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Classical

American Classical Orchestra and Chorus: Cherubini, Beethoven and Mozart

November 24, 2017

The two soprano soloists were marvelous. Hélène Brunet combines supple lyricism with technical elegance. Clara Rottsolk’s voice is at once silvery and earthy, delicate and powerful. In their individual arias, both women committed to highly ornamented interpretations; both were able to make ornament feel like a spontaneous, unplanned and experimental development of ideas. In his conducting, Crawford gives his best singers – such as Brunet and Rottsolk – considerable room to make the music their own without ever losing coherence or the appropriate tempo. When singing together, as in “Domine Deus, Rex caelestis,” these sopranos’ voices were beautifully matched. [more]

Van Gogh’s Ear

August 21, 2017

Projected titles indicate place and year—beginning with Arles, 1888 and progressing until van Gogh’s suicide—which we hear as an offstage gunshot—in July of 1890. The audience is treated to Vincent’s thoughts on his painting technique, his poverty, his mental health, his fellow artists, stars, sunflowers, all interrupted by chamber music by Debussy, Fauré, Chausson and Franck played—in various combinations—by Henry Wang (violin), Yuval Herz (violin), Chich-Fan Yiu (viola), Timotheos Petrin (cello), Max Barros (piano) and Renana Gutman (piano). [more]

Vespers of 1610 (Handel + Haydn Society Orchestra and Chorus)

April 17, 2017

"Vespers of 1610" is a big and oddly sprawling work. It makes no liturgical sense, and, in terms of texts, has little programmatic unity beyond a consistent Marian devotion. But it is a coherent whole of musical and spiritual experience. It gives the impression of limitlessness, as though there were no end to what Monteverdi could have kept on telling us, precisely because the sacredness and meaning of God’s sacred words are infinite. [more]

The Cecilia Chorus of New York with Orchestra: Ludwig van Beethoven, Missa Solemnis, Op. 123

May 25, 2016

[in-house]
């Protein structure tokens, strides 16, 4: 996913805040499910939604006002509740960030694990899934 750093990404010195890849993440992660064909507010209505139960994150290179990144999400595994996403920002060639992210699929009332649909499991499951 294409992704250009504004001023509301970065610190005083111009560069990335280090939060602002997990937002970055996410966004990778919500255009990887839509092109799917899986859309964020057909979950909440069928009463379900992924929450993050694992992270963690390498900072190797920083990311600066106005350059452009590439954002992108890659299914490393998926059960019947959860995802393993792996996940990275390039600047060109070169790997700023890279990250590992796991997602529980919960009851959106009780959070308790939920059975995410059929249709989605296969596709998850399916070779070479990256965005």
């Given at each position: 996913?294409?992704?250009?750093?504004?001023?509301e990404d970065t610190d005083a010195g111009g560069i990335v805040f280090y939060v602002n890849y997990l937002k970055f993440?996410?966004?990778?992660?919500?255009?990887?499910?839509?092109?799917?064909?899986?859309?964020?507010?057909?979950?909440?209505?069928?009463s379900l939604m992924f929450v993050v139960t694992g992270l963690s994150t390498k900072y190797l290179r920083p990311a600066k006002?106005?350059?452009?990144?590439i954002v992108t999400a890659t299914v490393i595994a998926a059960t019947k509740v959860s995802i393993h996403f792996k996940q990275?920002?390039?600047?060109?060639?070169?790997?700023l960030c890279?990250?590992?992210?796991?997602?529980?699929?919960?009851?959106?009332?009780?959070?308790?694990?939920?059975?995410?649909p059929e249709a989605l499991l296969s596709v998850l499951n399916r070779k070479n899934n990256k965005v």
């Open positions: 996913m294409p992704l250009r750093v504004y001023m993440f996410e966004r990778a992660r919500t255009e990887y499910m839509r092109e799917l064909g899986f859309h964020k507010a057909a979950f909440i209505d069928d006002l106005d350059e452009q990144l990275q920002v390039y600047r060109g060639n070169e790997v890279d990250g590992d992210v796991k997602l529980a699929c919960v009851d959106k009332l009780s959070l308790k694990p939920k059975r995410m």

Price, Bottoms, Richardson and Courville are all strong, clear singers; they were well matched in this performance, alert to each other's pacing and responsive to each other's sensibilities. Although any one of the four could have grabbed a center spotlight, they were unified – probably by a combination of their own individual understandings of Beethoven's purposes and by Shapiro's direction – in graceful collaborative cohesion in their singing. [more]

Simon Steen-Anderson and JACK Quartet: “Run Time Error”

September 29, 2015

"Run Time Error," an evening of recent and new works, including both New York and United States premieres composed by Simon Steen-Andersen, who performed with the JACK Quartet, had all the makings of a wonderful evening. Steen-Andersen, Danish born and now Berlin-based composer has received numerous accolades and awards internationally. JACK Quartet – Christopher Otto/violin, Ari Streisfeld/violin, John Pickford Richards/viola and Kevin McFarland/cello – are stunning musicians equally at home in traditional classical and contemporary experimental literature. "Run Time Error" should have been marvelous: there were all sorts of promising elements. It was meant to be a splendid opening to Miller Theatre's 27th Season. There were indeed some fun parts, but it wasn't marvelous. [more]

Ensemble for the Romantic Century: “The Sorrows of Young Werther”

June 15, 2015